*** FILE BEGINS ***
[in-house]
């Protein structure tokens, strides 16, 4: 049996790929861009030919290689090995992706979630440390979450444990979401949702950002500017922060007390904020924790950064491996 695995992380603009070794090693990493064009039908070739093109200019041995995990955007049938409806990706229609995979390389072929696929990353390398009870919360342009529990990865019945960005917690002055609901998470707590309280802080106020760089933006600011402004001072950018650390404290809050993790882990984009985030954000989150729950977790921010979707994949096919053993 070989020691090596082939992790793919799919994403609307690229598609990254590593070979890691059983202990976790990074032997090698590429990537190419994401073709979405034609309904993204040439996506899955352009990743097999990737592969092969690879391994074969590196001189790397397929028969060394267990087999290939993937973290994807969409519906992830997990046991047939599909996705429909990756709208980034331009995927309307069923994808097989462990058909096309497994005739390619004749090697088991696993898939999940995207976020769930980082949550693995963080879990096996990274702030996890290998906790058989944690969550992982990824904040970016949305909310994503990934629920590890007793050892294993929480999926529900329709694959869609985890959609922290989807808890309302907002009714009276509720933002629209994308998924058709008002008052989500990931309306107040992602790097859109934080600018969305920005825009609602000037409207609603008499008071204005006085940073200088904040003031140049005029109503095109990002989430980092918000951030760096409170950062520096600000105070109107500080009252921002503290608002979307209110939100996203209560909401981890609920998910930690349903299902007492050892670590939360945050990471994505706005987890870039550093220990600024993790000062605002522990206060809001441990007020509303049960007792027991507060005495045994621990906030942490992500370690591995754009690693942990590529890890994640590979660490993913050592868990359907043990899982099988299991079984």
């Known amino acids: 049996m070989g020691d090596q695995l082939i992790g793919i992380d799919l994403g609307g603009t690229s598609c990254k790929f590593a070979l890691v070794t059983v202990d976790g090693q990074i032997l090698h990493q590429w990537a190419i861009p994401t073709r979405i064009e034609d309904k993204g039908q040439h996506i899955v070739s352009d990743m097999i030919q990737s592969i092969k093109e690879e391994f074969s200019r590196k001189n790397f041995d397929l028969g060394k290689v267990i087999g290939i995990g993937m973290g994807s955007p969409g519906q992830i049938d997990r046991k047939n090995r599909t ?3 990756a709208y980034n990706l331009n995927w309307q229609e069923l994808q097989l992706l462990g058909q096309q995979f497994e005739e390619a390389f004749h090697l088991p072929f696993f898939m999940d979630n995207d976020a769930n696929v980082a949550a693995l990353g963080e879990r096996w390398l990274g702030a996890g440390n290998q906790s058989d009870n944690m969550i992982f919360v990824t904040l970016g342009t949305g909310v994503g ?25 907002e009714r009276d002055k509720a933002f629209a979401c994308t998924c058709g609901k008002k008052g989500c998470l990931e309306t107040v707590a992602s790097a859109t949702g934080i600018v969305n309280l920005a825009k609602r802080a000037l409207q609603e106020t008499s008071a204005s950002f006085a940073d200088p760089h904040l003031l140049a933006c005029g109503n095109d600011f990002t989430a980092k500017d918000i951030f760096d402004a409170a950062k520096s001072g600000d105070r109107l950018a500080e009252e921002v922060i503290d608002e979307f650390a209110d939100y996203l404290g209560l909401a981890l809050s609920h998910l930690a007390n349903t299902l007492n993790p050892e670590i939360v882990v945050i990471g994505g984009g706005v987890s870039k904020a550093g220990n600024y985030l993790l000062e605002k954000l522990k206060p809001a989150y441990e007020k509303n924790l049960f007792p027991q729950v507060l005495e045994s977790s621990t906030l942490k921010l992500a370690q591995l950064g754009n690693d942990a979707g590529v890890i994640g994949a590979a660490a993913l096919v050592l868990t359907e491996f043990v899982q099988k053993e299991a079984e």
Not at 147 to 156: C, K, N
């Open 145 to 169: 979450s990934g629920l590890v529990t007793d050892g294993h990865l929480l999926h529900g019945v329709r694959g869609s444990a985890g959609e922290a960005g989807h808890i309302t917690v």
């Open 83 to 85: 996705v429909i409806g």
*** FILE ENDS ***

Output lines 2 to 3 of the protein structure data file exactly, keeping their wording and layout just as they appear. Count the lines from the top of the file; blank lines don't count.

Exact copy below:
């Protein structure tokens, strides 16, 4: 049996790929861009030919290689090995992706979630440390979450444990979401949702950002500017922060007390904020924790950064491996 695995992380603009070794090693990493064009039908070739093109200019041995995990955007049938409806990706229609995979390389072929696929990353390398009870919360342009529990990865019945960005917690002055609901998470707590309280802080106020760089933006600011402004001072950018650390404290809050993790882990984009985030954000989150729950977790921010979707994949096919053993 070989020691090596082939992790793919799919994403609307690229598609990254590593070979890691059983202990976790990074032997090698590429990537190419994401073709979405034609309904993204040439996506899955352009990743097999990737592969092969690879391994074969590196001189790397397929028969060394267990087999290939993937973290994807969409519906992830997990046991047939599909996705429909990756709208980034331009995927309307069923994808097989462990058909096309497994005739390619004749090697088991696993898939999940995207976020769930980082949550693995963080879990096996990274702030996890290998906790058989944690969550992982990824904040970016949305909310994503990934629920590890007793050892294993929480999926529900329709694959869609985890959609922290989807808890309302907002009714009276509720933002629209994308998924058709008002008052989500990931309306107040992602790097859109934080600018969305920005825009609602000037409207609603008499008071204005006085940073200088904040003031140049005029109503095109990002989430980092918000951030760096409170950062520096600000105070109107500080009252921002503290608002979307209110939100996203209560909401981890609920998910930690349903299902007492050892670590939360945050990471994505706005987890870039550093220990600024993790000062605002522990206060809001441990007020509303049960007792027991507060005495045994621990906030942490992500370690591995754009690693942990590529890890994640590979660490993913050592868990359907043990899982099988299991079984």
């Known amino acids: 049996m070989g020691d090596q695995l082939i992790g793919i992380d799919l994403g609307g603009t690229s598609c990254k790929f590593a070979l890691v070794t059983v202990d976790g090693q990074i032997l090698h990493q590429w990537a190419i861009p994401t073709r979405i064009e034609d309904k993204g039908q040439h996506i899955v070739s352009d990743m097999i030919q990737s592969i092969k093109e690879e391994f074969s200019r590196k001189n790397f041995d397929l028969g060394k290689v267990i087999g290939i995990g993937m973290g994807s955007p969409g519906q992830i049938d997990r046991k047939n090995r599909t ?3 990756a709208y980034n990706l331009n995927w309307q229609e069923l994808q097989l992706l462990g058909q096309q995979f497994e005739e390619a390389f004749h090697l088991p072929f696993f898939m999940d979630n995207d976020a769930n696929v980082a949550a693995l990353g963080e879990r096996w390398l990274g702030a996890g440390n290998q906790s058989d009870n944690m969550i992982f919360v990824t904040l970016g342009t949305g909310v994503g ?25 907002e009714r009276d002055k509720a933002f629209a979401c994308t998924c058709g609901k008002k008052g989500c998470l990931e309306t107040v707590a992602s790097a859109t949702g934080i600018v969305n309280l920005a825009k609602r802080a000037l409207q609603e106020t008499s008071a204005s950002f006085a940073d200088p760089h904040l003031l140049a933006c005029g109503n095109d600011f990002t989430a980092k500017d918000i951030f760096d402004a409170a950062k520096s001072g600000d105070r109107l950018a500080e009252e921002v922060i503290d608002e979307f650390a209110d939100y996203l404290g209560l909401a981890l809050s609920h998910l930690a007390n349903t299902l007492n993790p050892e670590i939360v882990v945050i990471g994505g984009g706005v987890s870039k904020a550093g220990n600024y985030l993790l000062e605002k954000l522990k206060p809001a989150y441990e007020k509303n924790l049960f007792p027991q729950v507060l005495e045994s977790s621990t906030l942490k921010l992500a370690q591995l950064g754009n690693d942990a979707g590529v890890i994640g994949a590979a660490a993913l096919v050592l868990t359907e491996f043990v899982q099988k053993e299991a079984e």